A plan to privatize the state-run liquor system will be the topic of an upcoming town hall meeting with state Rep. Seth Grove, R-Dover, who said he wants to clear misconceptions about the proposal.
The legislation, which Grove supported when it recently passed the House, calls for selling licenses to private businesses, eventually shuttering the 600 state-operated wine and spirits stores.
He said the topic will be the focus of the meeting because there are some misconceptions about the implementation of the plan, which still needs Senate approval and the governor's signature before becoming law.
About 80 percent of the constituent feedback he's received has been positive, he said, because people support the free-market approach and don't think the state should be involved in liquor sales.
"A lot of the comments are, 'And why wasn't this done years ago?'" he said.
But there's a misunderstanding that the transition will be immediate, and people are confused about how the plan would work, he said.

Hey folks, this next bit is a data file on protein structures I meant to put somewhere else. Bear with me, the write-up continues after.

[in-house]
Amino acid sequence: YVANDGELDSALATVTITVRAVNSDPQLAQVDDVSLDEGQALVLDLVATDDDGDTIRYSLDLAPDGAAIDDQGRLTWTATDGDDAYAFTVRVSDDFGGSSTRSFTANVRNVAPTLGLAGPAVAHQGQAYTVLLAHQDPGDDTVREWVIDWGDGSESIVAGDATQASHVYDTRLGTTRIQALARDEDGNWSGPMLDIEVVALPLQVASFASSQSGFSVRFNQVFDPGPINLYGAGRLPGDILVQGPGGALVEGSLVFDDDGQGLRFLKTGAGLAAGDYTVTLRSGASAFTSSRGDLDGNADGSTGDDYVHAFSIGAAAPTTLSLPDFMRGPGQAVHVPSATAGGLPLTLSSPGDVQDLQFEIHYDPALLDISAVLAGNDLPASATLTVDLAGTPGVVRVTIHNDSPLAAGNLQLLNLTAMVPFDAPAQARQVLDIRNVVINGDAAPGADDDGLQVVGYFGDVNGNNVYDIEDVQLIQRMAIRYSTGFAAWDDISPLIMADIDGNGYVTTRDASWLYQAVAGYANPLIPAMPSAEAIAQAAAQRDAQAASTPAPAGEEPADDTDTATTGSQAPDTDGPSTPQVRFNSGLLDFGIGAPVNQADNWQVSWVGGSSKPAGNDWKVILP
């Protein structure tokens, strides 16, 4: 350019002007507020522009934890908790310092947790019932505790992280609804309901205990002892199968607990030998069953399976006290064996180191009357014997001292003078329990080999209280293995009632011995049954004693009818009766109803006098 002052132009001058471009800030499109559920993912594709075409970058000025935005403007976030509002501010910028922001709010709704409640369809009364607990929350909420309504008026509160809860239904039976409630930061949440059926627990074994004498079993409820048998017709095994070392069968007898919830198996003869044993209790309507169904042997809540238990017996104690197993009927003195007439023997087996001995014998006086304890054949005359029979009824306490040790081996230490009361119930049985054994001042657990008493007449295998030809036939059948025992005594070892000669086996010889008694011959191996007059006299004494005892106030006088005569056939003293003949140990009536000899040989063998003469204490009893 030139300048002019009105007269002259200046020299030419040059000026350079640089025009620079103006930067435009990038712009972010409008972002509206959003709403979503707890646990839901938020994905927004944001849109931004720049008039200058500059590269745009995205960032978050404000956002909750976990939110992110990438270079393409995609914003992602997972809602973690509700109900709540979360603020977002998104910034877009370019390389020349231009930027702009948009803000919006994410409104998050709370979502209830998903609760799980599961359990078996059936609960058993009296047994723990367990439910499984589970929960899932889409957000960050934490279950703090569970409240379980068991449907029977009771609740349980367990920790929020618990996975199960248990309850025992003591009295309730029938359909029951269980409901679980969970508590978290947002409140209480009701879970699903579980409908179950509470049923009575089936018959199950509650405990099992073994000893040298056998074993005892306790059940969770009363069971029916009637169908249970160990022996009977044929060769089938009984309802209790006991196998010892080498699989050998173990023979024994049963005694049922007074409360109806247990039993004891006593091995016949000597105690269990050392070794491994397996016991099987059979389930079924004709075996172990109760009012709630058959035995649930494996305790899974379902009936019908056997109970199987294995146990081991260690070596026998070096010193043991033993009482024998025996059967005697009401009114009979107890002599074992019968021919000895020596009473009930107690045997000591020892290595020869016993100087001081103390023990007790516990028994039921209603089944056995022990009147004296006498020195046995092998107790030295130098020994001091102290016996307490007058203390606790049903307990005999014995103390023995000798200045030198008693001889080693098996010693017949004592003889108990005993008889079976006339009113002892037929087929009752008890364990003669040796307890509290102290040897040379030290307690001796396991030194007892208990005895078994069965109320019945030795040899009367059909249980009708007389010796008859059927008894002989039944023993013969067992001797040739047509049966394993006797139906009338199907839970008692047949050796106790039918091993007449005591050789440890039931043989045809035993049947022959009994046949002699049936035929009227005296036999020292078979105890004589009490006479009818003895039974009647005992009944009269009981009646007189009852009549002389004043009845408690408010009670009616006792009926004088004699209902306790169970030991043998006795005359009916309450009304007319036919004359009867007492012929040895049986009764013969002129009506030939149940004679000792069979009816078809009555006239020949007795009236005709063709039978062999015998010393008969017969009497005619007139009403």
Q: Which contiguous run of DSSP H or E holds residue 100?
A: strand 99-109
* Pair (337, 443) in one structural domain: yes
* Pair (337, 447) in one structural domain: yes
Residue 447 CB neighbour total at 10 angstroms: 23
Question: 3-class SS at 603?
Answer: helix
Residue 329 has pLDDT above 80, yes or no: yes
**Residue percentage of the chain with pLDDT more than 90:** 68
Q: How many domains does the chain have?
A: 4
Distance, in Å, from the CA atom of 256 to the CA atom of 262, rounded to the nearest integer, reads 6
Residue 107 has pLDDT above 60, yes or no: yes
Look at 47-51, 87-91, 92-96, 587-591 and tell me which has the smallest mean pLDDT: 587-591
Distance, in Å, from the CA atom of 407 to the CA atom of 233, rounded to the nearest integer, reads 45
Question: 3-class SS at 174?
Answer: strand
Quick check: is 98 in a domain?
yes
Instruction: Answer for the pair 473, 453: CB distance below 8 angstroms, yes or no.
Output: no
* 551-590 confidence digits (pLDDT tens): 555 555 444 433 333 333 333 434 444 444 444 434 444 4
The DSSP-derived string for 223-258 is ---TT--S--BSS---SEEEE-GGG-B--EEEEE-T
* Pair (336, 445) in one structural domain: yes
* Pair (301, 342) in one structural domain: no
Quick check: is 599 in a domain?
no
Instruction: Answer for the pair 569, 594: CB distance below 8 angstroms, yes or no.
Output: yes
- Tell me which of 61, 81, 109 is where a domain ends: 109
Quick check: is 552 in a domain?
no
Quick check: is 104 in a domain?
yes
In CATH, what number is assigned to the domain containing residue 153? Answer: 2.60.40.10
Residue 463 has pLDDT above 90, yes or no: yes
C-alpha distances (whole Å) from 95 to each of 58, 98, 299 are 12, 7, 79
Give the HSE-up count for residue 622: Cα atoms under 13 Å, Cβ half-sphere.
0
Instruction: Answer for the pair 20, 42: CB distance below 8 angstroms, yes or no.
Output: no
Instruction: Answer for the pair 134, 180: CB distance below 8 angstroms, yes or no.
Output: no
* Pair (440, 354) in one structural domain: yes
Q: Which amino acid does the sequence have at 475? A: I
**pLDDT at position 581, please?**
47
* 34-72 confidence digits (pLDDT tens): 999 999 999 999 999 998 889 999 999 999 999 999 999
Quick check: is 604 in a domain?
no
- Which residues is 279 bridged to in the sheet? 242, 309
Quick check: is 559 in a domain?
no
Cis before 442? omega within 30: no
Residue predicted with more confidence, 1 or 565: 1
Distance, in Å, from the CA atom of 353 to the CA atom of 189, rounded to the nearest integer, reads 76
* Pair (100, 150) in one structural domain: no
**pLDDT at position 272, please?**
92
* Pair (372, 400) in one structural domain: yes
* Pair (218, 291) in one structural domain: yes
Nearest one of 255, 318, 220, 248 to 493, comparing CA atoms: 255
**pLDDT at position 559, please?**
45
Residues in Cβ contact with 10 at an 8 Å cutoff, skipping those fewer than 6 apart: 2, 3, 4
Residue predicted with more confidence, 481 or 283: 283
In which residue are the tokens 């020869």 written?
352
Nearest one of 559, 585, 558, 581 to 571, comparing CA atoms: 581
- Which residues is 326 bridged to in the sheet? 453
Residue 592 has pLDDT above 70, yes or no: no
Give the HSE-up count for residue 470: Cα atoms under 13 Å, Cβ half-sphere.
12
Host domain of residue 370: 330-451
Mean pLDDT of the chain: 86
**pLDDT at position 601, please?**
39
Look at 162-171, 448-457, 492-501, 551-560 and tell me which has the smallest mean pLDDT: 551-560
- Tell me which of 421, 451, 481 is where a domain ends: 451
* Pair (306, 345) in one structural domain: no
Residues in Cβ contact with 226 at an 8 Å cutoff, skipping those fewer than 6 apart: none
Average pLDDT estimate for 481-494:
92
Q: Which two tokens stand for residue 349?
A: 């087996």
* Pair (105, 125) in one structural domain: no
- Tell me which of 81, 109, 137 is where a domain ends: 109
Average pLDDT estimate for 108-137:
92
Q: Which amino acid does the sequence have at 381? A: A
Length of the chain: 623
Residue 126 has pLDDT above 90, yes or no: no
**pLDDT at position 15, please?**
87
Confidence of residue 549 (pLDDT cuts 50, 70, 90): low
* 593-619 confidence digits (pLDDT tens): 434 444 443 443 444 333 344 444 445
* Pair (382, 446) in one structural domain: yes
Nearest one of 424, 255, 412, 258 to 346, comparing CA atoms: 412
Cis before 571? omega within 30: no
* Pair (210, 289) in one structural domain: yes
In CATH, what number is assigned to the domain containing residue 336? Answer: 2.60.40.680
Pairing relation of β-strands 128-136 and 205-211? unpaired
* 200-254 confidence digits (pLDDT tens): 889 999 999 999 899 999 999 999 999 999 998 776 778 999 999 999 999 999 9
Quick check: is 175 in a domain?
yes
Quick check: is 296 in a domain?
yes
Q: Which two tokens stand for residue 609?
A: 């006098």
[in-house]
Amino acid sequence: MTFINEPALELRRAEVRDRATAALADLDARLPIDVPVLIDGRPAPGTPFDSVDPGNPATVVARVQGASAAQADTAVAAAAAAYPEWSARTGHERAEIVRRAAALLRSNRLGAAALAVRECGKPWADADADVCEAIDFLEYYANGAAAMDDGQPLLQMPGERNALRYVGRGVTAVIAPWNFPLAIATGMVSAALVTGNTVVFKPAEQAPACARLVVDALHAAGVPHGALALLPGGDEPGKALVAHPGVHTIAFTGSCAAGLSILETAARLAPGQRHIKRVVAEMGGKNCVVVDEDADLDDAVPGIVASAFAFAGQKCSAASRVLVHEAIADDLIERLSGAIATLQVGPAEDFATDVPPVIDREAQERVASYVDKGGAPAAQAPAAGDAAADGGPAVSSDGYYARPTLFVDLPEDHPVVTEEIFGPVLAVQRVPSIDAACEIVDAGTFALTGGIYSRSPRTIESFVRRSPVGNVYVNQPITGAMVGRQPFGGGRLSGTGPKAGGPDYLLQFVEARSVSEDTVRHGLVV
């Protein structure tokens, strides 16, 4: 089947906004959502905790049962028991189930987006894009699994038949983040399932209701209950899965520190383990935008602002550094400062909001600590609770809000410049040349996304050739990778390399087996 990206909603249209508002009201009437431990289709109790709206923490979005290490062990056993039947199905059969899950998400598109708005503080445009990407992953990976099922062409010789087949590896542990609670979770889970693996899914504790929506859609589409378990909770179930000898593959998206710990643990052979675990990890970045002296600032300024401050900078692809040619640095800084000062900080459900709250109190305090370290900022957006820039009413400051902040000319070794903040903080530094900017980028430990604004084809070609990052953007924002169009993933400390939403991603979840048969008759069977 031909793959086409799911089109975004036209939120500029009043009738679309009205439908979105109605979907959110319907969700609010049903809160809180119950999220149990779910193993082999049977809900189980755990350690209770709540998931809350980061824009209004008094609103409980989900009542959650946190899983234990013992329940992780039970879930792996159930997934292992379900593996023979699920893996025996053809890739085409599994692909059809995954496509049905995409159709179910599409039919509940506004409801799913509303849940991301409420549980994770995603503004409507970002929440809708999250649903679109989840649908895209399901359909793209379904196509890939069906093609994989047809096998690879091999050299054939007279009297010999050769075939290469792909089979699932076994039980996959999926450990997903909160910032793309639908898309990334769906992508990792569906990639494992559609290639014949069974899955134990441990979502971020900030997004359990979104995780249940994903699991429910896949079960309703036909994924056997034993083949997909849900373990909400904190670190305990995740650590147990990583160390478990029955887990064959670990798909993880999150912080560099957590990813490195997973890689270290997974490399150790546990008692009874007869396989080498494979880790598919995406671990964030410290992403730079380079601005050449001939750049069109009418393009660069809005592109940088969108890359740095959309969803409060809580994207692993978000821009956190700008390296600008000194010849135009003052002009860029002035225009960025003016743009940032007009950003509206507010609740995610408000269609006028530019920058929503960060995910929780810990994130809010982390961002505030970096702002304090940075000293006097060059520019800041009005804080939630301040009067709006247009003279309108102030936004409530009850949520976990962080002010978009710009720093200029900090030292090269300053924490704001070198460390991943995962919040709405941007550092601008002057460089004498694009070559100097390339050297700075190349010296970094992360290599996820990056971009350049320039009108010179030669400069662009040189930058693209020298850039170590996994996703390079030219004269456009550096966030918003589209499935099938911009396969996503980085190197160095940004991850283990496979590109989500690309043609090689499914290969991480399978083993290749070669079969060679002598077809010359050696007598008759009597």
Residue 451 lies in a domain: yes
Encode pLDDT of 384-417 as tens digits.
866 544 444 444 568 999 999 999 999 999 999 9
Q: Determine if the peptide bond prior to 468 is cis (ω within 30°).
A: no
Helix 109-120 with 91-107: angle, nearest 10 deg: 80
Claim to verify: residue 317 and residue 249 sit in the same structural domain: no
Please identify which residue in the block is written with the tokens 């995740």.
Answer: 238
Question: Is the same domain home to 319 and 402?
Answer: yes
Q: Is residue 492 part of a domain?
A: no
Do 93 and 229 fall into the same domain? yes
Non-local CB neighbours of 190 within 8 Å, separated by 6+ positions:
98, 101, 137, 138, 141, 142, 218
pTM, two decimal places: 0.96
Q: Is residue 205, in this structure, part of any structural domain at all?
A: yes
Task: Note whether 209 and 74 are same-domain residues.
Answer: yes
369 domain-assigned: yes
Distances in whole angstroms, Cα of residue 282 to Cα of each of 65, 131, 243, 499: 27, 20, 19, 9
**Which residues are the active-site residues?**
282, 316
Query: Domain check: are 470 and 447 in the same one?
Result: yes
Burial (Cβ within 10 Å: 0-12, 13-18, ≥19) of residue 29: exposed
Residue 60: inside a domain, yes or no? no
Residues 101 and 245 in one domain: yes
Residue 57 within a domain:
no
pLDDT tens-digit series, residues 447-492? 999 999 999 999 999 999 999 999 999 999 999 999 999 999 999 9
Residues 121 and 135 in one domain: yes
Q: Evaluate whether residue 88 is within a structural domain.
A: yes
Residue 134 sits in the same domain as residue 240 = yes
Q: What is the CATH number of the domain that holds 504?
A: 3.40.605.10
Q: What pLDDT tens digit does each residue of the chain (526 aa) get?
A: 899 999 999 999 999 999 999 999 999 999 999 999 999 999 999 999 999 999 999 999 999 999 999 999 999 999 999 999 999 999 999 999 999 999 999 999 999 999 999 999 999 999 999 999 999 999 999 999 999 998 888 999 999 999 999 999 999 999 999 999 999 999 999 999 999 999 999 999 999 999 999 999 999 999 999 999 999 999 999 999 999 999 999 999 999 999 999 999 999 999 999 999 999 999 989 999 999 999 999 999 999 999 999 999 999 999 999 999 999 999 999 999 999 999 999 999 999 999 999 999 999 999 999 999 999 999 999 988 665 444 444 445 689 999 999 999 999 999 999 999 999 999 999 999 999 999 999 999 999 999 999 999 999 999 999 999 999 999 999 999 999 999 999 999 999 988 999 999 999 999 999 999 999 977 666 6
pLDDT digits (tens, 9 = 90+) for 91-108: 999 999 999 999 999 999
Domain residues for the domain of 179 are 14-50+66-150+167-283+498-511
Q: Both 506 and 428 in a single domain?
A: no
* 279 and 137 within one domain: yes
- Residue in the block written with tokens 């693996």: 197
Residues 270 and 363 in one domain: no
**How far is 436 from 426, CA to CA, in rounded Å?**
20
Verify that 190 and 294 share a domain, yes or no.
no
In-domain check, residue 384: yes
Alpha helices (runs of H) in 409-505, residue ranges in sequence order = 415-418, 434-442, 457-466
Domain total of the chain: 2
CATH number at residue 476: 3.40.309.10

"We'll talk about where you can buy it now and where you'll be able to buy it, break it down specifically and how it will relate to them," he said. "There's a misconception that, when it passes, the state stores will all closed, when it will probably take a year to get licenses out...and another year to ramp it up. It won't be like an overnight thing, boom, gone."
The Republican plan to phase out the state-run liquor stores and raise millions in revenue by selling licenses to private businesses passed the House easily and was sent to the Senate.
The bill would give existing beer distributors the priority in purchasing 1,200 wine and spirits licenses. It also would allow groceries to sell wine and enshrine their current ability -- won through court rulings -- to sell takeout beer.
Democrats warned that it would put thousands of state store employees out of work, cost more and generate less revenue than supporters predict and that it would make alcohol more widely available, bringing with it a range of social problems.
Both sides said the proposal was likely to see changes before being voted in the state Senate.
Grove's Thursday, April 4, event is free and open to residents of York County. The meeting will be held at 7 p.m. at the Dover Borough Municipal Building, 46 Butter Road.
No RSVP is necessary, and Grove will be open to questions on topics beyond liquor privatization.
- The Associated Press contributed to this report. Reach Christina Kauffman at firstname.lastname@example.org.